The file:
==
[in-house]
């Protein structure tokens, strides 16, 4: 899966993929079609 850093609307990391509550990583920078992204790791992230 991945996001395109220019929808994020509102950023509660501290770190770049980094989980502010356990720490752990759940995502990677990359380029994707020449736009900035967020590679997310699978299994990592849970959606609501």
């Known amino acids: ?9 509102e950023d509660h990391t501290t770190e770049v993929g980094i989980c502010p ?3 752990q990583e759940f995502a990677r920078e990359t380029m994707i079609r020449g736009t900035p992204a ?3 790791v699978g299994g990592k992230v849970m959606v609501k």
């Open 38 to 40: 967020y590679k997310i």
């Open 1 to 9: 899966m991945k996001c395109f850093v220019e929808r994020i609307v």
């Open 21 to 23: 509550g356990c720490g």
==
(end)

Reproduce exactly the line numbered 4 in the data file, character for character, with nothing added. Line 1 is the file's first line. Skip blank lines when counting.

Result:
């Open 38 to 40: 967020y590679k997310i």